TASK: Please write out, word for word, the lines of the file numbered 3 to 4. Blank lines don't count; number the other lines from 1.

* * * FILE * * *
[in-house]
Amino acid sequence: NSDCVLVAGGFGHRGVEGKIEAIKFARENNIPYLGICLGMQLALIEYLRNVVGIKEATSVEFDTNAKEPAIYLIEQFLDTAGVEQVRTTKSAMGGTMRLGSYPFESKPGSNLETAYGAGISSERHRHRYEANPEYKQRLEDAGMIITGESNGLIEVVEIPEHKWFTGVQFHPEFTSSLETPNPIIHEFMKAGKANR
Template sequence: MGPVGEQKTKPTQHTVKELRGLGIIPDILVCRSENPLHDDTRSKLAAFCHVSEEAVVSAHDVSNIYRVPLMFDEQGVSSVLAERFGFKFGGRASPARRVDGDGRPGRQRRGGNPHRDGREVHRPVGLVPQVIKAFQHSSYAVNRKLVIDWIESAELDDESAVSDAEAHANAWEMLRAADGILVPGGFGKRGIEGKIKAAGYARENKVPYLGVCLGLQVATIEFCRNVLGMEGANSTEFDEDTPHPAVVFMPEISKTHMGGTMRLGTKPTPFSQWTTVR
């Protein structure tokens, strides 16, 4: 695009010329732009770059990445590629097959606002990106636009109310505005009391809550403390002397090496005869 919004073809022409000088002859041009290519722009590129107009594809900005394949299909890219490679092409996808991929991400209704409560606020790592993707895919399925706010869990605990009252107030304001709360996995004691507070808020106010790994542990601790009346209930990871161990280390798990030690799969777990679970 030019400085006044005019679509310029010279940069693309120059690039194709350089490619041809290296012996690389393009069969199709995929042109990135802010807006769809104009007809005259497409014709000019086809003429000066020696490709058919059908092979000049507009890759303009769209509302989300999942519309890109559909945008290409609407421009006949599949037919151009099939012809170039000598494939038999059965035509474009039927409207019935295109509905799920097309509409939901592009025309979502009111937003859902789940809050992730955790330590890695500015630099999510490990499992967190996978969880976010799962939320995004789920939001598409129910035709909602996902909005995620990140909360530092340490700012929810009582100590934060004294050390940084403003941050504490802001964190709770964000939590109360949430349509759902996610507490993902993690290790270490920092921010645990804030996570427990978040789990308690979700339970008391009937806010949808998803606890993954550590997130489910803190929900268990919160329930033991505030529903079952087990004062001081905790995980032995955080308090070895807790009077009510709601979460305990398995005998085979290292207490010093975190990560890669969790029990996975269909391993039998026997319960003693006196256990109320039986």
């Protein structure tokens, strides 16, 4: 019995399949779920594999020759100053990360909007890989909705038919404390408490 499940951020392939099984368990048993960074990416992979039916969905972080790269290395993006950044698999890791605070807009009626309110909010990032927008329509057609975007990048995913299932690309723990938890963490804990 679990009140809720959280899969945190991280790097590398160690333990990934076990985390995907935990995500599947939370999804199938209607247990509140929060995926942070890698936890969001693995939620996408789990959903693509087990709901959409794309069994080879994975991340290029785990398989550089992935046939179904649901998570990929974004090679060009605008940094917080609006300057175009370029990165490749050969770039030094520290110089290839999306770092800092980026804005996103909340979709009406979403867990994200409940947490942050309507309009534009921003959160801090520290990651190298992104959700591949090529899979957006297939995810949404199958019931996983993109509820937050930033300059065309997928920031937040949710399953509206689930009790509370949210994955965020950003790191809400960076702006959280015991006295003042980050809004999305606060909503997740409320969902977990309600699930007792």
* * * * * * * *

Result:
Template sequence: MGPVGEQKTKPTQHTVKELRGLGIIPDILVCRSENPLHDDTRSKLAAFCHVSEEAVVSAHDVSNIYRVPLMFDEQGVSSVLAERFGFKFGGRASPARRVDGDGRPGRQRRGGNPHRDGREVHRPVGLVPQVIKAFQHSSYAVNRKLVIDWIESAELDDESAVSDAEAHANAWEMLRAADGILVPGGFGKRGIEGKIKAAGYARENKVPYLGVCLGLQVATIEFCRNVLGMEGANSTEFDEDTPHPAVVFMPEISKTHMGGTMRLGTKPTPFSQWTTVR
């Protein structure tokens, strides 16, 4: 695009010329732009770059990445590629097959606002990106636009109310505005009391809550403390002397090496005869 919004073809022409000088002859041009290519722009590129107009594809900005394949299909890219490679092409996808991929991400209704409560606020790592993707895919399925706010869990605990009252107030304001709360996995004691507070808020106010790994542990601790009346209930990871161990280390798990030690799969777990679970 030019400085006044005019679509310029010279940069693309120059690039194709350089490619041809290296012996690389393009069969199709995929042109990135802010807006769809104009007809005259497409014709000019086809003429000066020696490709058919059908092979000049507009890759303009769209509302989300999942519309890109559909945008290409609407421009006949599949037919151009099939012809170039000598494939038999059965035509474009039927409207019935295109509905799920097309509409939901592009025309979502009111937003859902789940809050992730955790330590890695500015630099999510490990499992967190996978969880976010799962939320995004789920939001598409129910035709909602996902909005995620990140909360530092340490700012929810009582100590934060004294050390940084403003941050504490802001964190709770964000939590109360949430349509759902996610507490993902993690290790270490920092921010645990804030996570427990978040789990308690979700339970008391009937806010949808998803606890993954550590997130489910803190929900268990919160329930033991505030529903079952087990004062001081905790995980032995955080308090070895807790009077009510709601979460305990398995005998085979290292207490010093975190990560890669969790029990996975269909391993039998026997319960003693006196256990109320039986």